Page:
30. 30. A method as claimed in any one of the preceding claims, in which the frequency converter comprises a downconverter followed by I and Q filters followed by an upconverter.
  31. 31. An apparatus arranged to perform a method as claimed in any one of the preceding claims, including the frequency converter.
  32. 32. An apparatus as claimed in claim 31, comprising a radio frequency tuner.
  33. 33. An apparatus as claimed in claim 32, arranged to perform the method each time the tuner is switched on.
    33. An apparatus as claimed in claim 32, arranged to perform the method repeatedly.
    34. An apparatus as claimed in claim 33, arranged to perform the method each time the tuner is switched on.
    Amendments to the claims have been filed as follows (1 5d) determining the change in width between that measured in the step (15c) and a previously measured width; and (1 5e) repeating the steps (I 5b) to (15d) until the change in width meets a third predetermined criterion.
    J
    16. A method as claimed in claim 15, in which the third predetermined criterion is that the change in width is less than a third threshold.
    17. A method as claimed in claim 15 or 16, in which each of the steps (15a) and (15c) comprises stepping the value of at least one of the I and Q phase corrections a plurality of times, measuring the phase imbalance for each value step, and summing the measured imbalances.
    18. A method as claimed in any one of claims 3, 4, 8, 9, 10 and 17, in which the phase imbalance is measured by filtering the output of the frequency converter so as to attenuate a desired converted signal with respect to at least one undesired converted signal resulting from imbalance and measuring the level of the filtered output.
    19. A method as claimed in any one of claims ito 10, comprising the steps of: (1 9a) selecting a fourth starting point comprising I and Q gain correction values; (1 9b) selecting between a first gain correction direction, in which the I gain correction changes positively and the Q correction changes negatively, and a second gain correction direction, in which the I gain correction changes negatively and the Q gain correction changes positively, for reducing the gain imbalance; and (1 9c) changing the I and Q gain correction values in the selected direction.
    20. A method as claimed in claim 19 in which the steps (19a) to (19c) are preformed before the steps (ib) to (Id).
    21. A method as claimed in claim 19 or 20, in which the I and Q gain correction changes are of the same magnitude. a-i
    22. A method as claimed in any one of claims 19 to 21, in which the step (19c) comprises: (23a) raising the output of the frequency converter to an even power and measuring the level of ripple in the resulting signal; (23b) varying the I and Q gain correction values in the selected direction; (23c) raising the output of the frequency converter to the even power and measuring the level of ripple in the resulting signal; (23d) determining the change in the level of ripple between that measured in step (23c) and a previously measured level; and (23e) repeating the steps (23b) to (23d) until the change in the level of the ripple meets a fourth predetermined criterion.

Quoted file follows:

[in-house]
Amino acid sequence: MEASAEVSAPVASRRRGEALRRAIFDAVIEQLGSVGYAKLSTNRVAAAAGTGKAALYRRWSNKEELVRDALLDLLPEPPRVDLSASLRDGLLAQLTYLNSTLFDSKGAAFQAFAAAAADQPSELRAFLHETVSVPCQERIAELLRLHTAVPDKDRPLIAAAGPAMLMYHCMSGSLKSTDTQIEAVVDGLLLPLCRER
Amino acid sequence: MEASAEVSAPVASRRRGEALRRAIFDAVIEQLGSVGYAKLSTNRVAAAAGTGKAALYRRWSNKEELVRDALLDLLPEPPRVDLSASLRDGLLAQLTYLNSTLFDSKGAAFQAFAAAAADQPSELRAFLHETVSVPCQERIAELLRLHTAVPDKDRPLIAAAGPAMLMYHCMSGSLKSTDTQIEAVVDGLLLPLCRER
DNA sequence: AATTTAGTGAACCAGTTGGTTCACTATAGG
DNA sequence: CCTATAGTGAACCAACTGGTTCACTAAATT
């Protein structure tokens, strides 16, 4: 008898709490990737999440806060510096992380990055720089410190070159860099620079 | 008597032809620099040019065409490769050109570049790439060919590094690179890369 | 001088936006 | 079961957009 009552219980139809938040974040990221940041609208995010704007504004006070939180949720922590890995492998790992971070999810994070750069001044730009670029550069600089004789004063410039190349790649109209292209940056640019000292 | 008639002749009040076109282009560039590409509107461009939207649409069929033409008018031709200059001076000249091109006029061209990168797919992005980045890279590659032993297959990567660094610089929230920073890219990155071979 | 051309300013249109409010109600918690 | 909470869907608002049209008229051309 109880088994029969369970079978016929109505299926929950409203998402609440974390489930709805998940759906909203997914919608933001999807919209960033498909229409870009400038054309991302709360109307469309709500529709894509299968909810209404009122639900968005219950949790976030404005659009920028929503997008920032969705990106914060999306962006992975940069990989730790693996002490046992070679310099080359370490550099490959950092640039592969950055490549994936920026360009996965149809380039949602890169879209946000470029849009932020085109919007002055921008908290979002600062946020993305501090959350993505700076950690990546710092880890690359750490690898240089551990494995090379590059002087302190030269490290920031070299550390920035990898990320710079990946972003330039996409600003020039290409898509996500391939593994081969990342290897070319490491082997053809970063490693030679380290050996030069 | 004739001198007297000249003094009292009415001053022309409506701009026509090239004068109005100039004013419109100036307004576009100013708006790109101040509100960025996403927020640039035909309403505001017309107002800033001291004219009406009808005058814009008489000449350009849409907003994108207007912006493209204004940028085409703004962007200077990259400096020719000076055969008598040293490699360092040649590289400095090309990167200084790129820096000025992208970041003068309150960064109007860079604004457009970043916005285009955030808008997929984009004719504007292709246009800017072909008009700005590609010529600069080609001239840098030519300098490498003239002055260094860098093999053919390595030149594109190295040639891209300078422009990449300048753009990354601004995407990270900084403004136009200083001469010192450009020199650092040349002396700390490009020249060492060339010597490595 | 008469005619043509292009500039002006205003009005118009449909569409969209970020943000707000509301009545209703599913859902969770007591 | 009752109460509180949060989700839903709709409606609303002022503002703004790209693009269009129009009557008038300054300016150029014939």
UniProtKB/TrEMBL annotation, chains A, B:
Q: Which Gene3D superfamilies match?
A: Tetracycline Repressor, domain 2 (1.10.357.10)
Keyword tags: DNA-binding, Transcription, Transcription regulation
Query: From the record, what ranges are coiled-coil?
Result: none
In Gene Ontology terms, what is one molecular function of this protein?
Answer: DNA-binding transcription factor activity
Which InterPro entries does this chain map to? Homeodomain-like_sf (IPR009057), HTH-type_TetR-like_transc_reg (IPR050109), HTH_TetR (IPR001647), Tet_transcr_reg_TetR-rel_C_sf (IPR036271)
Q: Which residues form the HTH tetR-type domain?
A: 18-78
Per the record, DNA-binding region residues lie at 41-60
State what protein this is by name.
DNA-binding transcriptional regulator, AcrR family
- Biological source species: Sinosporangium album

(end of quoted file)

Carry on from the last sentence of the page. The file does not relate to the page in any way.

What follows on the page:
23. A method as claimed in claim 22, in which the fourth criterion is that the change in the level is less than a fourth threshold.
    24. A method as claimed in any one of claims 3, 4, 8, 9 and 10, in which the phase imbalance is measured by raising the output of the frequency converter to an even power and measuring the level of ripple in the resulting signal.
    25. A method of measuring imbalance in a quadrature frequency converter, compri sing supplying a test signal to the frequency converter, raising the output of the frequency converter to an even power, and measuring the level of ripple in the resulting signal.
    26. A method as claimed in any one of claims 22 to 25, in which the even power is equal to 2N where N is an integer greater than zero.
    27. A method as claimed in any one of claims 22 to 26, in which the ripple level is measured by performing peak detection on the resulting signal.
    28. A method as claimed in any one of the preceding claims, in which the test signal contains a single frequency.
    29. A method as claimed in any one of the preceding claims, in which the frequency converter comprises a downconverter followed by I and Q filters followed by an upconverter.
    30. An apparatus arranged to perform a method as claimed in any one of the preceding claims, including the frequency converter.
    31. An apparatus as claimed in claim 30, comprising a radio frequency tuner.
    32. An apparatus as claimed in claim 31, arranged to perform the method repeatedly.
GB0511582A 2005-06-08 2005-06-08 Method of reducing imbalance in a quadrature frequency converter, method of measuring imbalance in such a converter, and apparatus for performing such method Expired - Fee Related GB2427090B (en)

Priority Applications (1)

Application Number Priority Date Filing Date Title
GB0511582A GB2427090B (en) 2005-06-08 2005-06-08 Method of reducing imbalance in a quadrature frequency converter, method of measuring imbalance in such a converter, and apparatus for performing such method

Applications Claiming Priority (3)